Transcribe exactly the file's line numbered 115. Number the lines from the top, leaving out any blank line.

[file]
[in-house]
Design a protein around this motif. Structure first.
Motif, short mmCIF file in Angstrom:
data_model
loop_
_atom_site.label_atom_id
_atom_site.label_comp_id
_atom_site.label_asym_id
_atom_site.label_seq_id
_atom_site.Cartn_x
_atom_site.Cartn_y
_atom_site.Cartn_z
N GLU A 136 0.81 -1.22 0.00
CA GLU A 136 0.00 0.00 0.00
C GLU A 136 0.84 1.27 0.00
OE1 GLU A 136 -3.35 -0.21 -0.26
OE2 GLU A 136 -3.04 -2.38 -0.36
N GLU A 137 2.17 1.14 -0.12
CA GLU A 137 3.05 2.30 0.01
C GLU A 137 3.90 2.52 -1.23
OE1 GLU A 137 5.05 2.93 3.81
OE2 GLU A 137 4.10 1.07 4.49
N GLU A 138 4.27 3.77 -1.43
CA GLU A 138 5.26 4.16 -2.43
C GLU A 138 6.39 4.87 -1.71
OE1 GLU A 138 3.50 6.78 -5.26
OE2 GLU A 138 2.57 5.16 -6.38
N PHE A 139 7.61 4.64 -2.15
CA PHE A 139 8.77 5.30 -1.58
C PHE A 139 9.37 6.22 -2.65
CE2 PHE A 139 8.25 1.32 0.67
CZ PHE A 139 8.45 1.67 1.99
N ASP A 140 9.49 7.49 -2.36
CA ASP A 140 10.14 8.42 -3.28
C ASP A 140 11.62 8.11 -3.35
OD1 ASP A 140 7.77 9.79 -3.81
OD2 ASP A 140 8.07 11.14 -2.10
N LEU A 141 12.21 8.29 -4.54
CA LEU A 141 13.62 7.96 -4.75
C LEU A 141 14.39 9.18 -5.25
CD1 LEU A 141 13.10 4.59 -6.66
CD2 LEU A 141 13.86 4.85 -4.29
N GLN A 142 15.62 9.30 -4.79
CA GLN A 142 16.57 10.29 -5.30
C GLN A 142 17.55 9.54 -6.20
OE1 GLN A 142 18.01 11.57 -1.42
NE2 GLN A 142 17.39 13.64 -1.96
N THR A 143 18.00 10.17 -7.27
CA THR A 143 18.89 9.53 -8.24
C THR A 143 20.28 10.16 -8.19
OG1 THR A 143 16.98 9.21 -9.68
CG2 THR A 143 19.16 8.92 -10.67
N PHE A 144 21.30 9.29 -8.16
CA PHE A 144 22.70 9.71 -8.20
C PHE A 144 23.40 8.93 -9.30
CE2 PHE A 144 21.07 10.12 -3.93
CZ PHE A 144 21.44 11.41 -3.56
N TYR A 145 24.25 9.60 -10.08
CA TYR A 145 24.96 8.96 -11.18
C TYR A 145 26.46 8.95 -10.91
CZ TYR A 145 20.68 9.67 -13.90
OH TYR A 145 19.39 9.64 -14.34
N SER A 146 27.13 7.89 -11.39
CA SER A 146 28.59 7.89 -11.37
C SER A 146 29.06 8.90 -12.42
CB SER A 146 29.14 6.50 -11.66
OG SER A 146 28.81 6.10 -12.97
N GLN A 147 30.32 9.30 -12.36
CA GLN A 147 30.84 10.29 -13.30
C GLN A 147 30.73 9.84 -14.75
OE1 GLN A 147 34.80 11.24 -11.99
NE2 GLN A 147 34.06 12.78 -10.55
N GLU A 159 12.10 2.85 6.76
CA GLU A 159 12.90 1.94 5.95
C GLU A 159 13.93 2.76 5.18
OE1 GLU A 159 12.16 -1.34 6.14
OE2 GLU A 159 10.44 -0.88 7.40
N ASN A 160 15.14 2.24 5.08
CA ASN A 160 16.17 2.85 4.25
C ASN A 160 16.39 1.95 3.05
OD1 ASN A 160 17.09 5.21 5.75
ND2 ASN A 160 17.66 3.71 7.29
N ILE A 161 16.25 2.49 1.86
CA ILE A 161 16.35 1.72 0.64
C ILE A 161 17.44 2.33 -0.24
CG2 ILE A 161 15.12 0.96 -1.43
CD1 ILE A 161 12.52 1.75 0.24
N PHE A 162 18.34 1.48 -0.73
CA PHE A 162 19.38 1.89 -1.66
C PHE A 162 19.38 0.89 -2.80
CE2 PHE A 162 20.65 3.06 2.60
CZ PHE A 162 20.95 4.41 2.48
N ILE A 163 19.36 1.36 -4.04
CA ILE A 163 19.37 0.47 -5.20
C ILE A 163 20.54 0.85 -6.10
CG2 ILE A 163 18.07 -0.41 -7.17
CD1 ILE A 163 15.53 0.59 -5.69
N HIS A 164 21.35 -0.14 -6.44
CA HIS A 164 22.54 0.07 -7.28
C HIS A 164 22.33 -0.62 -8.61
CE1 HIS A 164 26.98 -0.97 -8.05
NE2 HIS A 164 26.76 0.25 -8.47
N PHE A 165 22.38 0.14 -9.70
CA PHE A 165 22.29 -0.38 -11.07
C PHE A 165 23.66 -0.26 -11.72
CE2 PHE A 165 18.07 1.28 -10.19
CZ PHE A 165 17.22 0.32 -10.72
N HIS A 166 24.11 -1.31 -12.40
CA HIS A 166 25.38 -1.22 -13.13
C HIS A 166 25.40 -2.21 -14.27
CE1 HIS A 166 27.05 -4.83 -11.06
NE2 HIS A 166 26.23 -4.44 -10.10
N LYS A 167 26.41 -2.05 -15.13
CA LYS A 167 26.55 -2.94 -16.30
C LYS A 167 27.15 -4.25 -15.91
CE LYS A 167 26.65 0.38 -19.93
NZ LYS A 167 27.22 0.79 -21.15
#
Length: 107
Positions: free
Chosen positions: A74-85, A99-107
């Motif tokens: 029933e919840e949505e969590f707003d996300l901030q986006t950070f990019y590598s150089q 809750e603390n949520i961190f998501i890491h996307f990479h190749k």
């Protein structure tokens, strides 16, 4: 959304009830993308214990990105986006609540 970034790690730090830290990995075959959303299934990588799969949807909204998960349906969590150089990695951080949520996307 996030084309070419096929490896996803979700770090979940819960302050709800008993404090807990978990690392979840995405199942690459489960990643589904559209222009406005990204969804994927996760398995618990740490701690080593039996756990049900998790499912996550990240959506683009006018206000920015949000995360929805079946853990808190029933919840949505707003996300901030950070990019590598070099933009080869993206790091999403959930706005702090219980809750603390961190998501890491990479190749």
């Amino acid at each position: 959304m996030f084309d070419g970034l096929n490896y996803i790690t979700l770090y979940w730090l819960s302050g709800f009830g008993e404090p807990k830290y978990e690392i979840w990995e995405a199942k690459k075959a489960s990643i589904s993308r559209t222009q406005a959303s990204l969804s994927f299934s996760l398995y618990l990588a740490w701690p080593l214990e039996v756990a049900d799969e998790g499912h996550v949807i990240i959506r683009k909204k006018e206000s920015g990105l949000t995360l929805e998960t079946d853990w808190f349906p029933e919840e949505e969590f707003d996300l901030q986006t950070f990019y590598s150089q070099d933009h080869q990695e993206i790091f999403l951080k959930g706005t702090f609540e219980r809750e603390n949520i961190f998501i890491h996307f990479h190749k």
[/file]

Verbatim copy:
C LYS A 167 27.15 -4.25 -15.91